Int J Biol Sci 2022; 18(7):2655-2669. doi:10.7150/ijbs.68587 This issue
1. Department of Physiology, Yong Loo Lin School of Medicine, National University of Singapore, Singapore
2. State Key Laboratory of Trauma, Burn and Combined Injury, Institute of Burn Research, Southwest Hospital, Army Medical University, Chongqing, China
3. Department of Anatomy, Yong Loo Lin School of Medicine, National University of Singapore, Singapore
4. Faculty of Health Sciences, University of Macau, Macau, China
5. Ministry of Education, Frontiers Science Center for Precision Oncology, University of Macau, China
SIRT1 (silent mating type information regulation 2 homolog 1), a class III histone deacetylase, is known to participate in multiple steps of the DNA damage response (DDR) by deacetylating several key DDR proteins. At present, the mechanisms regulating SIRT1 protein stability upon DNA damage have yet to be fully elucidated. In this study, we reveal that, under severe DNA damage, SIRT1 undergoes two forms of post-translational modifications (PTMs): (i) increased polyubiquitination and proteasomal degradation mediated by TRIM28 (tripartite motif-containing protein 28), a RING-domain E3 ligase; and (ii) cleavage at C-terminal mediated by caspases. Importantly, there is reciprocal effects between these forms of PTMs: while suppression of proteasome reduces caspases-mediated cleavage, the cleaved SIRT1 has enhanced interaction with TRIM28, thus facilitating the ubiquitination and proteasomal degradation of SIRT1. Functionally, SIRT1 works as an anti-apoptotic protein in DDR, and the above-mentioned PTMs of SIRT1 subsequently enhances cell death induced by DNA damage agents. Thus, our study has uncovered a pivotal role of SIRT1 post-translational regulation in determining cell fate in DDR.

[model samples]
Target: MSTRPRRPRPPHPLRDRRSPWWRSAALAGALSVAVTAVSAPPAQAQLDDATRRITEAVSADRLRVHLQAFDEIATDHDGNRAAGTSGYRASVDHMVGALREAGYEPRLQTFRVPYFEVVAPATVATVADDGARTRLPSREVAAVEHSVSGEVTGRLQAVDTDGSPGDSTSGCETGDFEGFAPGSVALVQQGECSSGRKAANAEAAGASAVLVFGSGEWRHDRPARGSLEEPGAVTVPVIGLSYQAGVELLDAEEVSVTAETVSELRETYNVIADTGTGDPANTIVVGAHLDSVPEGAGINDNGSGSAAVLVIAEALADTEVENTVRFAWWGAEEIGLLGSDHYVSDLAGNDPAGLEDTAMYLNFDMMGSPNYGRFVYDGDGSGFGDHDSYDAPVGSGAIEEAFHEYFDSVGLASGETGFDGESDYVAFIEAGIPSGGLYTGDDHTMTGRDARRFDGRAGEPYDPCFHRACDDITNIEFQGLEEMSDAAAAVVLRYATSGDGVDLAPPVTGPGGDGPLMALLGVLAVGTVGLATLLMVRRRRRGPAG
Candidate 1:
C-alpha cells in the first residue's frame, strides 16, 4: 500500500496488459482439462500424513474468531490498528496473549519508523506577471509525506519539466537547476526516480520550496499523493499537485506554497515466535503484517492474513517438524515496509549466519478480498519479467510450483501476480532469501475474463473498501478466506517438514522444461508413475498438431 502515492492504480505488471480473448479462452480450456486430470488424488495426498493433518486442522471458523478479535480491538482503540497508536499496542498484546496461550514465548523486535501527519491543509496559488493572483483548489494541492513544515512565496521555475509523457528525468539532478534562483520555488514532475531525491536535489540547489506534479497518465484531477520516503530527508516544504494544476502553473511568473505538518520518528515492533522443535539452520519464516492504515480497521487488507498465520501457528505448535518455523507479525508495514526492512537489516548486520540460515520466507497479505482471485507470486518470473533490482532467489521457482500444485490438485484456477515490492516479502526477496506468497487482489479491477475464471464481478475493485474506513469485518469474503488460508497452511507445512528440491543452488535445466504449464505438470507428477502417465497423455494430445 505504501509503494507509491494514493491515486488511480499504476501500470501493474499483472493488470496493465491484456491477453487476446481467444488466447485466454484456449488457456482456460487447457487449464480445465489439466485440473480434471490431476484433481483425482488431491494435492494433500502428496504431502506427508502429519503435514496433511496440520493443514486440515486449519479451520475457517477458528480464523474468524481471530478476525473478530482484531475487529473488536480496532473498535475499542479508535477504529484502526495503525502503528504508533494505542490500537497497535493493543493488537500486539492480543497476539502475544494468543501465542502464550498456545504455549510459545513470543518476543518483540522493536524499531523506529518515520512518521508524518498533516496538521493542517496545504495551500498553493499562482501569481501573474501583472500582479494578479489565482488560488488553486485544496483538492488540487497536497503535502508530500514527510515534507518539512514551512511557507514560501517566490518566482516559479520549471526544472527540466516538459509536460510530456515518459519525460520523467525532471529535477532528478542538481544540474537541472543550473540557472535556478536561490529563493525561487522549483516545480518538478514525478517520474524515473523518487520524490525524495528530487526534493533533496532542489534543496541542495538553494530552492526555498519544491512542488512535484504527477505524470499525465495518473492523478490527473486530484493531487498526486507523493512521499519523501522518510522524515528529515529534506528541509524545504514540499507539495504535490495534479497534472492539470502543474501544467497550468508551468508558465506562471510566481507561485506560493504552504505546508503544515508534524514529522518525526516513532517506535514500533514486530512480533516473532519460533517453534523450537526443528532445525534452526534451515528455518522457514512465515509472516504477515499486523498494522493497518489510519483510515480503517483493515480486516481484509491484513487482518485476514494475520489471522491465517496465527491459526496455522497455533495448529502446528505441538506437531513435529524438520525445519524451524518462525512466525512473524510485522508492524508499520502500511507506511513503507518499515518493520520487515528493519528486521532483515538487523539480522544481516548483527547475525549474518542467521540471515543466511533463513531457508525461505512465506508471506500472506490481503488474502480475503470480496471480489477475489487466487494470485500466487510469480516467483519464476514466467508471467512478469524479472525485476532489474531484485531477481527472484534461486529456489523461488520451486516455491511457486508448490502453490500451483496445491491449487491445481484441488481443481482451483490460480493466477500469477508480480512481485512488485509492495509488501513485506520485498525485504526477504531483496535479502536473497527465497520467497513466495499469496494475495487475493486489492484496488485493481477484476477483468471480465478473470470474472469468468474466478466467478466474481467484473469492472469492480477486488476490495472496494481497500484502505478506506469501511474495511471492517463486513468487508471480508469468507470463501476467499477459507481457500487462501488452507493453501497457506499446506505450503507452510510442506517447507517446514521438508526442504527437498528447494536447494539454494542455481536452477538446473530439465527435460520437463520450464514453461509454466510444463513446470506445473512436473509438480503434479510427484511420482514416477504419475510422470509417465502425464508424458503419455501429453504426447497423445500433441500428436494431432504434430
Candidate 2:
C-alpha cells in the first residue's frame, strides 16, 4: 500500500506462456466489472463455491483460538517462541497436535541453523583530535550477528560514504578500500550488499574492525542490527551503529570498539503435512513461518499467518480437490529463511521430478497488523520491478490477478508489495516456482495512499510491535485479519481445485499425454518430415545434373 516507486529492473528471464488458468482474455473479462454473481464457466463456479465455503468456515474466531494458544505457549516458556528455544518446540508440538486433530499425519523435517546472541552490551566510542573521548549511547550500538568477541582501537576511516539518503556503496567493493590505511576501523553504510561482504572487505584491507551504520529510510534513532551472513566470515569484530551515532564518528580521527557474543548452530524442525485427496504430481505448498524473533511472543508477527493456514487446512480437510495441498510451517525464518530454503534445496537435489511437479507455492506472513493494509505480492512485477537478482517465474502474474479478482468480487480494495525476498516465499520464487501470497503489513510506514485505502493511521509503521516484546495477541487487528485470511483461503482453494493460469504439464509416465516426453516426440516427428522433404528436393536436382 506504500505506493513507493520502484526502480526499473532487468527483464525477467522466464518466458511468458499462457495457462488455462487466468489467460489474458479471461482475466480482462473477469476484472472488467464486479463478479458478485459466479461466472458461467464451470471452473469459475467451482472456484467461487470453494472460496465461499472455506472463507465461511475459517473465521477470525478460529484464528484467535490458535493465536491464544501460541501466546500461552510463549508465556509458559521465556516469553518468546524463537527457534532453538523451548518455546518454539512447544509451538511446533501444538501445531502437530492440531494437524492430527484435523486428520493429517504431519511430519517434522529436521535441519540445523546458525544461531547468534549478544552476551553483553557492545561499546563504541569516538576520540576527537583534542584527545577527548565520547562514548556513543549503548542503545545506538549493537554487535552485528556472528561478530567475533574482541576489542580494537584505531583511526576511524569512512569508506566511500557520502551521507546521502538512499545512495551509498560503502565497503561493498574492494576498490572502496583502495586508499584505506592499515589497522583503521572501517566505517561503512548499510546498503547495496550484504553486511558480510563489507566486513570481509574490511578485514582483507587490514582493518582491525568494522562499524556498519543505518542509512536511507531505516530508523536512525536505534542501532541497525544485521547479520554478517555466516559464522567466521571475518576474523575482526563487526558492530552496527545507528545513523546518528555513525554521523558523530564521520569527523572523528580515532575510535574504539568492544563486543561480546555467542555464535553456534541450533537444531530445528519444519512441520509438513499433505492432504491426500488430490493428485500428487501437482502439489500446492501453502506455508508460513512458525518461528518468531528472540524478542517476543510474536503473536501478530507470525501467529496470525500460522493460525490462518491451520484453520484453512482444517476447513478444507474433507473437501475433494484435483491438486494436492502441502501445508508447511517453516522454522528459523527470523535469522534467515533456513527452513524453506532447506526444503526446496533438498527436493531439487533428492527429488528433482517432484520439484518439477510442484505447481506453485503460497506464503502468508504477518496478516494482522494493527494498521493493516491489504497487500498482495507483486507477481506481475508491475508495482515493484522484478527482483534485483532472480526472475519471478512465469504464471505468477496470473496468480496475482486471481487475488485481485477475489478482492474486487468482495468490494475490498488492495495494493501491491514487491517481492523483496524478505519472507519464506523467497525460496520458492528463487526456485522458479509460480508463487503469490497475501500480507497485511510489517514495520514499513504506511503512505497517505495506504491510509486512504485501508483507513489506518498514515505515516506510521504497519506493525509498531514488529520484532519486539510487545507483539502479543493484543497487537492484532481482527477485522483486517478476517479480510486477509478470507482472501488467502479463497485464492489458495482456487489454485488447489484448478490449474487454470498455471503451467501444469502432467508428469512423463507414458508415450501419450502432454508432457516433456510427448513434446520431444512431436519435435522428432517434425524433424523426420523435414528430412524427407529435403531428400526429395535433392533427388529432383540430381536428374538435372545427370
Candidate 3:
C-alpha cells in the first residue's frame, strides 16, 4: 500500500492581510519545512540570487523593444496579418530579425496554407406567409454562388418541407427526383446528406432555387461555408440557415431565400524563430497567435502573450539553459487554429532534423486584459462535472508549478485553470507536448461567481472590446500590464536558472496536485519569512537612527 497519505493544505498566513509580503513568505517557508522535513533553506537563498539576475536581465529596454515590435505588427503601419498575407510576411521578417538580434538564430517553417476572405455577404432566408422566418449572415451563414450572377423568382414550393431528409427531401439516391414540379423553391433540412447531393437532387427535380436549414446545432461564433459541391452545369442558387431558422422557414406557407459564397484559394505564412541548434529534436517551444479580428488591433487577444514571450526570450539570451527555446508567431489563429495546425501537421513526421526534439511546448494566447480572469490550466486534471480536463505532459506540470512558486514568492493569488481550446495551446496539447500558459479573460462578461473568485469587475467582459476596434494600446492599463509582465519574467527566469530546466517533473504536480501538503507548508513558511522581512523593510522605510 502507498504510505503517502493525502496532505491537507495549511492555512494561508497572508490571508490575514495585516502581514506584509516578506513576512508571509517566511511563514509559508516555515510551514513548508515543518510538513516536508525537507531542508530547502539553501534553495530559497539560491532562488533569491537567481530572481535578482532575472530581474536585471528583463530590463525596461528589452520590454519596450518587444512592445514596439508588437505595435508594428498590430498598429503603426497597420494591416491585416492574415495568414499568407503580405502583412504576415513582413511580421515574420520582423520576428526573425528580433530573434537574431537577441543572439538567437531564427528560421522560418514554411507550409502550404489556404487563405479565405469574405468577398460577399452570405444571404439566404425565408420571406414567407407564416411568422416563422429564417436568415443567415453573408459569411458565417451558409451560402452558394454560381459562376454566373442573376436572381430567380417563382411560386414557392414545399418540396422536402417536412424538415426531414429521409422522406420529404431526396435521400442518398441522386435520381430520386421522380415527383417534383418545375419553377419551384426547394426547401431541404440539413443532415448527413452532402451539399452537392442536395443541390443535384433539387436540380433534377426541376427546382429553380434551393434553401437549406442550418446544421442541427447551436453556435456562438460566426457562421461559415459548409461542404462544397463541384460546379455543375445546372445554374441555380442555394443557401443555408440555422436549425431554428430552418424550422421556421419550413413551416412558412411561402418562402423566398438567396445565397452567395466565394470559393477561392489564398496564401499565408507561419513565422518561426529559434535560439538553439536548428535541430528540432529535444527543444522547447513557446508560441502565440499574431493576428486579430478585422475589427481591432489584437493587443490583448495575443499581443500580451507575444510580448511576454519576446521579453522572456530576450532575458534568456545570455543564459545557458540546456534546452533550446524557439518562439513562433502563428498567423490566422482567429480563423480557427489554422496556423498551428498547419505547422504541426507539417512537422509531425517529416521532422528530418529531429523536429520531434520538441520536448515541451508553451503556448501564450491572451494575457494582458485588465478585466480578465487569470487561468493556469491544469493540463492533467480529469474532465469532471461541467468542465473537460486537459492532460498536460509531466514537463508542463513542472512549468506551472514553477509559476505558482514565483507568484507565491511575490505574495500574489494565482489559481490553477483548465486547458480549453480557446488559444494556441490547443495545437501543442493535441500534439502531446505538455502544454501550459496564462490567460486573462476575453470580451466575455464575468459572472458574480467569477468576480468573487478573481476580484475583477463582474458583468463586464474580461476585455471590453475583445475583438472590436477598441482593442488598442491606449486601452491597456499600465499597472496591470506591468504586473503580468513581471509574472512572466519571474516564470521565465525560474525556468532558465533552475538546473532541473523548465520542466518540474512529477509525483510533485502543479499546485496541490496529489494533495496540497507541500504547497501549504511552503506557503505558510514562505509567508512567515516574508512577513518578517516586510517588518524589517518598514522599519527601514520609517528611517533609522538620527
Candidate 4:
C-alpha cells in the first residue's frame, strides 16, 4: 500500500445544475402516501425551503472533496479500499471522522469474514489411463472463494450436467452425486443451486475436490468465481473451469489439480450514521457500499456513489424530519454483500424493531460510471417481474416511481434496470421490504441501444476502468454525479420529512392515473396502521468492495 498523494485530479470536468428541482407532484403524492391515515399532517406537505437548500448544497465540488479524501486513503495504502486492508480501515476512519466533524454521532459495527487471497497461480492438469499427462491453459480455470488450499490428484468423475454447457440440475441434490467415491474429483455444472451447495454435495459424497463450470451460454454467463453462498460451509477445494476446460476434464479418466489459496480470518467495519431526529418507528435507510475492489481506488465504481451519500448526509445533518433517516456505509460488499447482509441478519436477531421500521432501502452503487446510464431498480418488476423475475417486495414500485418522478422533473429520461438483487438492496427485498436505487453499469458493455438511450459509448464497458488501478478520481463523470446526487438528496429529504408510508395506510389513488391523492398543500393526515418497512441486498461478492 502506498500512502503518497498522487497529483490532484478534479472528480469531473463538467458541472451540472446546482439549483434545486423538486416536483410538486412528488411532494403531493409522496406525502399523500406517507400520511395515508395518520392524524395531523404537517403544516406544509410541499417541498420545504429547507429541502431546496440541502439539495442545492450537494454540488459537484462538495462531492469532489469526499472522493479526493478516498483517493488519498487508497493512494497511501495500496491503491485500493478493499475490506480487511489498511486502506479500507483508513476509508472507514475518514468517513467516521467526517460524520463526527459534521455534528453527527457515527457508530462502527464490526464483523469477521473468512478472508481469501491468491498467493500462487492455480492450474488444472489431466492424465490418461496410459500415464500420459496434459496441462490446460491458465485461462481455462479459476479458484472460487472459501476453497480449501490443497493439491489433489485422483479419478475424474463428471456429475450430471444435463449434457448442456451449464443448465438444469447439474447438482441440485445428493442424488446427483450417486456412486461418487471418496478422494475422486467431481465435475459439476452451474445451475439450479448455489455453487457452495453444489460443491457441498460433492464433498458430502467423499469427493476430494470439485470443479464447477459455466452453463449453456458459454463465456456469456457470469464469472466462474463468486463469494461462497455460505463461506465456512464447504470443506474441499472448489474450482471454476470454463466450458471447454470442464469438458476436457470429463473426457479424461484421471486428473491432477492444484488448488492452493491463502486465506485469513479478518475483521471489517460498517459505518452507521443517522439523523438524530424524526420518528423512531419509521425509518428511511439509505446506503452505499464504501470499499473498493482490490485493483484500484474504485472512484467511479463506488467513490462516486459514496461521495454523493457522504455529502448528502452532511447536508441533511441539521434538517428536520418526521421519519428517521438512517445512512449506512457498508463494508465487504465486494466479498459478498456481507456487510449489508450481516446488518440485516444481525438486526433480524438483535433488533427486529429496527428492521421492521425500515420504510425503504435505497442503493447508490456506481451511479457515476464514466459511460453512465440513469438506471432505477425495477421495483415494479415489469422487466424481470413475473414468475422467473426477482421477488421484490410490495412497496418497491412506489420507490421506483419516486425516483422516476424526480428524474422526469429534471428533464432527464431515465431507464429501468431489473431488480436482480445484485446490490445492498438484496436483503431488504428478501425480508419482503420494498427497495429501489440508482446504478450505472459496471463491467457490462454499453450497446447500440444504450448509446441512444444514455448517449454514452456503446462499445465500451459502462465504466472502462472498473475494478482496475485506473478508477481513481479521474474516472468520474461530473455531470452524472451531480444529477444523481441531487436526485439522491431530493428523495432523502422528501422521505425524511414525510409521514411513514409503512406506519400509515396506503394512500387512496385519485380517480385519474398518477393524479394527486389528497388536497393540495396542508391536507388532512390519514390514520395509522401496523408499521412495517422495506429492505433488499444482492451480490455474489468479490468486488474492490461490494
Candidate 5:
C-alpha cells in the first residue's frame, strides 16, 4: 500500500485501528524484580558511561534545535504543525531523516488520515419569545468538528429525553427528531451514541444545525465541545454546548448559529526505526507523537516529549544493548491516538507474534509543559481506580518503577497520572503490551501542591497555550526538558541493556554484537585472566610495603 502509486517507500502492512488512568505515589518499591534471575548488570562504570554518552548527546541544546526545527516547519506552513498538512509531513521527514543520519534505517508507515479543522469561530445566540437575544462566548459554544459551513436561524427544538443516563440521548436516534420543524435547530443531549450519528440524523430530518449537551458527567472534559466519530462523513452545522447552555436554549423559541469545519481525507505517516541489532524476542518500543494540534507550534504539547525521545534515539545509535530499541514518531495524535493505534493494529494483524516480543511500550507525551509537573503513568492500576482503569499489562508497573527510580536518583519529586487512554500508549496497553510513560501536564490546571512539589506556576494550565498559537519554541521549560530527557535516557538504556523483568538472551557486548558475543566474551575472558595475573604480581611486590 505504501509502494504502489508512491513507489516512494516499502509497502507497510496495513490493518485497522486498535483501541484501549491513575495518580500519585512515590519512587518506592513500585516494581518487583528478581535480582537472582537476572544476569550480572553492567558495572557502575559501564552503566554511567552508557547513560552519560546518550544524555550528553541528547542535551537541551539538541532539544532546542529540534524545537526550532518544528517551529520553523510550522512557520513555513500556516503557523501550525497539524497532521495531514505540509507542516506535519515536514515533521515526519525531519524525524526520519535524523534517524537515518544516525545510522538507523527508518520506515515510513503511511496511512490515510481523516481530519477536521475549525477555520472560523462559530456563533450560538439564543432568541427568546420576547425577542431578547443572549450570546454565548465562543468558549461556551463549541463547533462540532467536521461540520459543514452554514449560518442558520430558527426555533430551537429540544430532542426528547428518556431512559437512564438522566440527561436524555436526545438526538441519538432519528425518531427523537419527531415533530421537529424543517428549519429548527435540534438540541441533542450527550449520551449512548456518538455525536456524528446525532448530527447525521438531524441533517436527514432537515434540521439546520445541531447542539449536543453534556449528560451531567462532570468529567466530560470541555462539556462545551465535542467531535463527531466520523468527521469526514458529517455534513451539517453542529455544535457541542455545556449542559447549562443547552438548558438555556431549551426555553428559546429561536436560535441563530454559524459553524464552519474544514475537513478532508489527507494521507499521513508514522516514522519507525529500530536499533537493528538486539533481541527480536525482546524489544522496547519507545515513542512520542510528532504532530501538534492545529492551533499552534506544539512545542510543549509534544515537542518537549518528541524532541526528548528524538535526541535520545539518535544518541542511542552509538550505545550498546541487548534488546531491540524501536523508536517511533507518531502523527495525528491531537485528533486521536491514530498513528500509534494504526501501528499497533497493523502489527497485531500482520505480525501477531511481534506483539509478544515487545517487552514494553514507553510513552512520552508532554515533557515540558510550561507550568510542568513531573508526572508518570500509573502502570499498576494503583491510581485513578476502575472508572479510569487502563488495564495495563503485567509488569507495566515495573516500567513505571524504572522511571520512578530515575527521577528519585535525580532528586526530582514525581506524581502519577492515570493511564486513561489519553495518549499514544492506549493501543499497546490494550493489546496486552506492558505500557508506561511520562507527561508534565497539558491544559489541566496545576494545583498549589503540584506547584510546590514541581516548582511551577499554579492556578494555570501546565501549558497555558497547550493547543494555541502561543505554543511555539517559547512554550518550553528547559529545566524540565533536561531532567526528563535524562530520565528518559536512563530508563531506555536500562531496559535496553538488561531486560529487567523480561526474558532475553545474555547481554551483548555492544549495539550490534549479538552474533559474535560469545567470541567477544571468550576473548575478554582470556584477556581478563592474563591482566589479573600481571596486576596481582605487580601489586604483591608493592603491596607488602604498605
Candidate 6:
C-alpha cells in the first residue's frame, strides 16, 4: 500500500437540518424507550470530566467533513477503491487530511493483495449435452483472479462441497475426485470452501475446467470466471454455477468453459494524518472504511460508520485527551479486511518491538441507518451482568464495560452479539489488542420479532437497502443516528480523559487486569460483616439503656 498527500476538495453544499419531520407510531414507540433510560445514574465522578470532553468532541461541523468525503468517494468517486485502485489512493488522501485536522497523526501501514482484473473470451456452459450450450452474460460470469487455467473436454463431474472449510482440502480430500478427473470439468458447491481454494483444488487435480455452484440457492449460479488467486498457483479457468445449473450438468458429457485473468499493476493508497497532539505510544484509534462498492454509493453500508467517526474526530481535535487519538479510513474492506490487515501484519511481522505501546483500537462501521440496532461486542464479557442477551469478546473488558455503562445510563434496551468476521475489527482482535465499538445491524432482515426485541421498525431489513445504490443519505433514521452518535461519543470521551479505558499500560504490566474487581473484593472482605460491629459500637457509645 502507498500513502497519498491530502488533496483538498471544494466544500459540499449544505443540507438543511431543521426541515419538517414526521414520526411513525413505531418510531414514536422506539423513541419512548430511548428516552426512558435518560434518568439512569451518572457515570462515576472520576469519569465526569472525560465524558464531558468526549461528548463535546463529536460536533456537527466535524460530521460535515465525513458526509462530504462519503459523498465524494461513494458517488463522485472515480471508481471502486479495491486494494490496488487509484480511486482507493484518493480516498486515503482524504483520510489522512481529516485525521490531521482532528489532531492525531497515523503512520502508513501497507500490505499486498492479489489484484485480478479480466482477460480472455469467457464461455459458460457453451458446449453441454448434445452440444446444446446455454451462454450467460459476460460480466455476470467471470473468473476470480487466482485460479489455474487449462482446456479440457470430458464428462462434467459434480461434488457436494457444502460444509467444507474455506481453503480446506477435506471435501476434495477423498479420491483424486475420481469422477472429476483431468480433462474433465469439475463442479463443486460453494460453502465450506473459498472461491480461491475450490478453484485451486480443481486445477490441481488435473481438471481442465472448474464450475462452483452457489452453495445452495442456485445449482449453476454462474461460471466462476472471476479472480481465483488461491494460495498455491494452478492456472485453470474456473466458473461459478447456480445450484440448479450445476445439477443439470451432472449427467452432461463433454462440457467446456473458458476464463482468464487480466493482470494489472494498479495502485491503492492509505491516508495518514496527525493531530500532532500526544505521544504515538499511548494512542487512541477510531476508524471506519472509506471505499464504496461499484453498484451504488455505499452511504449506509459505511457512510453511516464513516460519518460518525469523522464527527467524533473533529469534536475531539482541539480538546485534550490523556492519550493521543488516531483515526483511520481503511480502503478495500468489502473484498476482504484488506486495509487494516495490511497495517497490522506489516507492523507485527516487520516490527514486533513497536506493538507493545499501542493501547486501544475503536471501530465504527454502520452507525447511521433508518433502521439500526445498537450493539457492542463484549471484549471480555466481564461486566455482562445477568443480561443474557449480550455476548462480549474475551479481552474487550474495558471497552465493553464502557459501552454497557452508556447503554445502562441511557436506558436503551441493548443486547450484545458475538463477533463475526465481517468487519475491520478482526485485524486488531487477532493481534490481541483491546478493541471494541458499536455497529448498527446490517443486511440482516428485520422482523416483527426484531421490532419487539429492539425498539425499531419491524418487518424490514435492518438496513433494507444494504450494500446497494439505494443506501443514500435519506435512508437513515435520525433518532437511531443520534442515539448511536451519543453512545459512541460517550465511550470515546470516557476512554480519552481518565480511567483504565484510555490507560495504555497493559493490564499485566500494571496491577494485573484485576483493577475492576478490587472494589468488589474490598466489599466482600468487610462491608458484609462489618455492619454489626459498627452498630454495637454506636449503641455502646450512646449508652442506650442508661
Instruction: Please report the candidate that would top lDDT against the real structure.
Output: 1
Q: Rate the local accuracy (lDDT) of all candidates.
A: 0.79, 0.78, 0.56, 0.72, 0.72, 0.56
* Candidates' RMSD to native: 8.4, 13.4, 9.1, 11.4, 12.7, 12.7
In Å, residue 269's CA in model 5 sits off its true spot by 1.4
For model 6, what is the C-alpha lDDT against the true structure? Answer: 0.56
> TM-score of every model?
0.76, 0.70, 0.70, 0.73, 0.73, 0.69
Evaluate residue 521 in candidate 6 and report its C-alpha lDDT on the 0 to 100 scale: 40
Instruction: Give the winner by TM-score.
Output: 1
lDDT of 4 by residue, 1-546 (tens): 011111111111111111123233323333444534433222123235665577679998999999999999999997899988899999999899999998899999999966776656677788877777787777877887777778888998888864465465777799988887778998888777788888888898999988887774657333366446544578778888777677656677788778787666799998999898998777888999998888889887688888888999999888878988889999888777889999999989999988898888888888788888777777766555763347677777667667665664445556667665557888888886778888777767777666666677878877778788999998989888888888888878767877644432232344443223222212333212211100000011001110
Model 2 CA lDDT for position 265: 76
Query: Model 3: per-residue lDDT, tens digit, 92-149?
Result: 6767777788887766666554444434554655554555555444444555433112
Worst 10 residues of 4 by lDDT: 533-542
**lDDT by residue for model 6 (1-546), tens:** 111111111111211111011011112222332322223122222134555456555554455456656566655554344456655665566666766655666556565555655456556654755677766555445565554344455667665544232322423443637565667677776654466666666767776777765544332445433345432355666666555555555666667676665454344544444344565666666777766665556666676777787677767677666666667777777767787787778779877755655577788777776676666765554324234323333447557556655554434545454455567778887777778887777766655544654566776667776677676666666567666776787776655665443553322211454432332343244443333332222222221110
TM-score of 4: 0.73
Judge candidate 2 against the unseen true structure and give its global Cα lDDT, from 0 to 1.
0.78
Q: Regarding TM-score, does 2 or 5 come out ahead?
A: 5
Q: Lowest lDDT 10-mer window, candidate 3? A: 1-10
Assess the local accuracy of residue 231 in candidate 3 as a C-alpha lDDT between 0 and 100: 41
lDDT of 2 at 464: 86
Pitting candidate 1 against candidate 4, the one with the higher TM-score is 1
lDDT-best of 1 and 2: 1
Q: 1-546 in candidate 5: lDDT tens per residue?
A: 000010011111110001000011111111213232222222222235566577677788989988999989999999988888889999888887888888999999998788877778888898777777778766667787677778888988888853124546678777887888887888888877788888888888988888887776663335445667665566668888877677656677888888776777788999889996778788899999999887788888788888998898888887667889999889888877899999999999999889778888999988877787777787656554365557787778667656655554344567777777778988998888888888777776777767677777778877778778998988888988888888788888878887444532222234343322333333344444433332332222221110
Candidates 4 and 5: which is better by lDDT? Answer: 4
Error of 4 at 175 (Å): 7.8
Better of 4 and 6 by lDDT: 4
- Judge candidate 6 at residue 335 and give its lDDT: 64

Keywords: DDR, SIRT1, TRIM28, caspases, ubiquitination, cleavage